I've wondered the same and came up with the following reasoning:

      The green NGOs are well funded from well-intentioned individuals & companies. They also receive quite a lot of money from the EU. They have been strong proponents of wind energy as well as other renewables, but it's wind that is the main sector in renewables.

      These NGOs have very effective PR; they are masters of tweaking the heart-strings to empty wallets for their usually very just causes. You recall images of polar bears, bloody whaling, seal pups being clubbed. These NGOs, in the mind of the public, are trusted.

      However, these are not the same NGOs that they were when they were set up. They are now dominated by the left of centre, who don't have too much sympathy with business. They are also committed to reversing climate change. Of course, the only real tool they have in their box is wind farms, because they believe that wind energy produces less CO2 than the current mix of power generators. In the main, these NGOs are not made up by teams of engineers, scientists or economists. They do not understand that building wind farms on peat soils saves no CO2. They are also predominantly city dwellers; that's hardly surprising as most people live in cities.

      So what we have is a toxic mix of young, generally left wing, arts biased city dwellers with a strong PR machine behind them, who are totally trusted by the general public, who believe that Greenpeace, FoE and WWF's main concerns are saving seal pups, whales and pandas and who are telling them that the earth is warming dangerously quickly and that it is all man's fault. They offer wind farms as the magic bullet.

      Now the public are onside it's a very brave politician who goes against such strongly held opinions. Miliband told folk that to criticise wind farms was akin to speeding past an infants' school and socially unacceptable. When he was Labour's Energy Minister he put in place the vast subsidies that fund wind farms. David Cameron, desperate to be elected, promised to be the greenest government ever. He went off to Greenland to Hug a Husky. And very few of these politicians actually believe any of it. But politics is the art of the possible and so right now we are shackled by policies they are scared shitless of changing.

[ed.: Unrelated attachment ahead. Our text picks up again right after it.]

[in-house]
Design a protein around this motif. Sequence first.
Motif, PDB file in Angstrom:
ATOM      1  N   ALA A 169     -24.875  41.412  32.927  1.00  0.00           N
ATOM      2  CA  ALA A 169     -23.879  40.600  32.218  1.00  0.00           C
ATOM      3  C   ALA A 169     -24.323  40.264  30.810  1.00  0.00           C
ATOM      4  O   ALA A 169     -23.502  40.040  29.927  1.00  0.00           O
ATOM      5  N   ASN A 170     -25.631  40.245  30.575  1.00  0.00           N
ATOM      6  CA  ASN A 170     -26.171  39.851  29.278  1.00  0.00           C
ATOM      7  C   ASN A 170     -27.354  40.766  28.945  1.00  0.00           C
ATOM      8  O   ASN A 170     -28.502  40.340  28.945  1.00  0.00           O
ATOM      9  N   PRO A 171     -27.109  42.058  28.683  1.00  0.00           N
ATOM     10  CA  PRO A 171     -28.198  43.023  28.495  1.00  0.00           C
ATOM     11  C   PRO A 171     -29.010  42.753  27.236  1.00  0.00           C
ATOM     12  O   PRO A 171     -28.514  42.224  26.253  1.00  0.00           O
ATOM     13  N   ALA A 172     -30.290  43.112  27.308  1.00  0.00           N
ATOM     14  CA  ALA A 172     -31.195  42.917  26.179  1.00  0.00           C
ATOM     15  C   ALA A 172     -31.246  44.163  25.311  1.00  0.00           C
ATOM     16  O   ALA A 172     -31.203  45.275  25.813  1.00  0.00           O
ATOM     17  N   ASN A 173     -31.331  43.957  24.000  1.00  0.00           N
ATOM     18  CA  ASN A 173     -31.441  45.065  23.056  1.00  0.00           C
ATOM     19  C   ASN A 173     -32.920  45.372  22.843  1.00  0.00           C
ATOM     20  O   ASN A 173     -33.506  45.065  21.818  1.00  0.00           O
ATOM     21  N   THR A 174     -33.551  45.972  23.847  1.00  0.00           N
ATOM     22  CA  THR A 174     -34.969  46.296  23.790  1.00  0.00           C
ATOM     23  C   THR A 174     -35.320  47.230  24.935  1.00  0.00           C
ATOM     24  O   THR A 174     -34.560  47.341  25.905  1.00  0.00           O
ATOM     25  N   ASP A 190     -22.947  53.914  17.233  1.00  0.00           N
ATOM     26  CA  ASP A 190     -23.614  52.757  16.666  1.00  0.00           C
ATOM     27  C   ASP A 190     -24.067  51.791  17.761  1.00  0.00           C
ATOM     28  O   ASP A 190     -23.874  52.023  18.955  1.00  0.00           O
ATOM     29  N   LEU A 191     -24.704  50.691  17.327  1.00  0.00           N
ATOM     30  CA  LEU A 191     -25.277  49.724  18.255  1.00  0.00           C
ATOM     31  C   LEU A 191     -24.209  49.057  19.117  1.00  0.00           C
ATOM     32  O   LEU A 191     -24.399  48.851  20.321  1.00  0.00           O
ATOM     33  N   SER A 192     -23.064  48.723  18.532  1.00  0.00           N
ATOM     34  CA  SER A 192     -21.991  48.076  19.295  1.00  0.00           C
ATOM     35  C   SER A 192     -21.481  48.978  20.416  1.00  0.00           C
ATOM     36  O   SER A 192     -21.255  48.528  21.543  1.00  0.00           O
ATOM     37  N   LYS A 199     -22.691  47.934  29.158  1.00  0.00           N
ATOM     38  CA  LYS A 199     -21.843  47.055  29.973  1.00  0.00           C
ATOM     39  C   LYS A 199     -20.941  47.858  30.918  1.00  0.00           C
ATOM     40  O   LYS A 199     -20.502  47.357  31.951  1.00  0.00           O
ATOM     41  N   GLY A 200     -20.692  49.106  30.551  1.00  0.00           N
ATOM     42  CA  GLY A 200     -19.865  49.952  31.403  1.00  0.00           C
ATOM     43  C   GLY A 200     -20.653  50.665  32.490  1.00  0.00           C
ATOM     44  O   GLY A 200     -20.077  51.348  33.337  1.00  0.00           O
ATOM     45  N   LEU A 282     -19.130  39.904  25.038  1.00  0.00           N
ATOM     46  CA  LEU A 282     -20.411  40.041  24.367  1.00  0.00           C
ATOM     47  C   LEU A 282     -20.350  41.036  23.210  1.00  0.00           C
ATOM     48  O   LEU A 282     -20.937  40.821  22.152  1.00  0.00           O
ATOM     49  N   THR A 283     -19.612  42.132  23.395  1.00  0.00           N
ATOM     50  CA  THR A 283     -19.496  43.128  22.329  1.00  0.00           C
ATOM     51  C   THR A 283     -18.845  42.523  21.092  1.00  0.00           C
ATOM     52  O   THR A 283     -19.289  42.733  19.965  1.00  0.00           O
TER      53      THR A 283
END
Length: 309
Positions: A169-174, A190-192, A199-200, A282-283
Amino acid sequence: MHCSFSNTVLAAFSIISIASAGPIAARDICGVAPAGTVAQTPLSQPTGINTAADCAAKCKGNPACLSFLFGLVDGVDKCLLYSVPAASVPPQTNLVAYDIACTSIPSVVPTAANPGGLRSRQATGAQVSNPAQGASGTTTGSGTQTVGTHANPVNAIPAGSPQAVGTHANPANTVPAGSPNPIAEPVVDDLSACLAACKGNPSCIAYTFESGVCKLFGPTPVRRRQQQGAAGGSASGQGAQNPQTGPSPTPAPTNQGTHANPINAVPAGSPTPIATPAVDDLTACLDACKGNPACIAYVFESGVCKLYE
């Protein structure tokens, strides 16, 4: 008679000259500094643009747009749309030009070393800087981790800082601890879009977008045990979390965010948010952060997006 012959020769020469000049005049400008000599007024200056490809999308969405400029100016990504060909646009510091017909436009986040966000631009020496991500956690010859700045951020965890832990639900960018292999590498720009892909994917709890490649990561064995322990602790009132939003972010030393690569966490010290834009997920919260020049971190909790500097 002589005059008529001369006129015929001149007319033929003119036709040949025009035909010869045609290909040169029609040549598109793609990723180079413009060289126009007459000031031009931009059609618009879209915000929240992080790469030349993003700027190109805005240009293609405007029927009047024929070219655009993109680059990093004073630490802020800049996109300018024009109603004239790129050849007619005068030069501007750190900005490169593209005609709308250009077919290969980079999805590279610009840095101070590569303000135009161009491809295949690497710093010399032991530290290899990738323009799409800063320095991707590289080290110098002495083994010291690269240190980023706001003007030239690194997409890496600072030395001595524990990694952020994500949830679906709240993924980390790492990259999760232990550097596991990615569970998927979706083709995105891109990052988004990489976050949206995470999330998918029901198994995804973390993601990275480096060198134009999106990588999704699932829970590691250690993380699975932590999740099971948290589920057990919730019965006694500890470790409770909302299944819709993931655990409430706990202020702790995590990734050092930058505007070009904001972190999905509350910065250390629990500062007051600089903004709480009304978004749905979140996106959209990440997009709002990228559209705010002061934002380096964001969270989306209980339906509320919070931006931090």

Going back to the general public; If you don't give people the facts they can hardly be criticised for their unquestioning support of wind farms. They are told, and so believe, that losing a bit of wild land (that most don't know is even there, let alone a place they would want to visit) is a small price to pay for saving the planet from the Dangerous Threat of Man-Made-Global-Warming.

      I honestly don't think this is an issue about shame, or fighting shy of getting involved. Most people honestly don't know about wild land and don't know anything about the issues.

      I have spent three and a half years writing about these problems on this blog, as I realised that it was only by presenting the truth about wind energy, wind turbines, the price of electricity and the lies spread by the renewables sector & NGOs that people would start to question what they were being told.

      I realise that I was speaking to a tiny audience of mainly hill walkers but I thought at least these were people likely to want to get on-side and fight these dreadful wind farms in wild places.
      I despair that folk like Cameron McNeish support the Scottish Government's energy policy, as he is a trusted figure in Scottish homes, and doing so he undermines the fight against wind farms.

      I suggest we ignore the man, and get on with spreading the word about what the Scots Government is actually doing to the wild places. It's pointless arguing with McNeish as he has made up his mind, and for whatever his reasons, he is not going to fight wind farms whole heartedly. His silence on Talladh-a-Bheithe speaks volumes.

      He doesn't give a stuff, especially if it loses him influence within the SNP and especially if it hurts his income stream.

    4. Hi Alan,

      I tend to agree with you. However, with regard to the general public, I still can't understand why so few people take enough interest in their surroundings/the land they live in to want to investigate whether the pap they are being spoon-fed is actually true. I was born in Glasgow, lived there, lived in Edinburgh, lived a long time in Paris and then came to my senses. Scotland is one of the most beautiful countries on this planet and I fail to see how anyone can call themselves a patriot or vote Yes without considering the importance of Place and Landscape in defining Scottish national identity. Humans are Guests in these wonderful places.

      Sorry, grief makes me ramble. I liked your post on CM's website. I posted a reply to Willie Ross's comment myself last night but, guess what, it doesn't seem to be there ... !

    5. I agree with you, totally, Jane
      If you look at people who are active in politics - at any level - it is incredibly low. Most people either don't think that their opinions will matter, and others have too much going on on their lives to spare time to things that they feel they will have little effect.
      Of course, there are others who don't give a stuff.

      I *did* see your post on CM's website (indeed I have been emailed a copy of it, and I saw it there myself last night. This can only mean that Cameron himself removed it, which is a very poor show.

      I shall paste it below for you!
      Jane commented: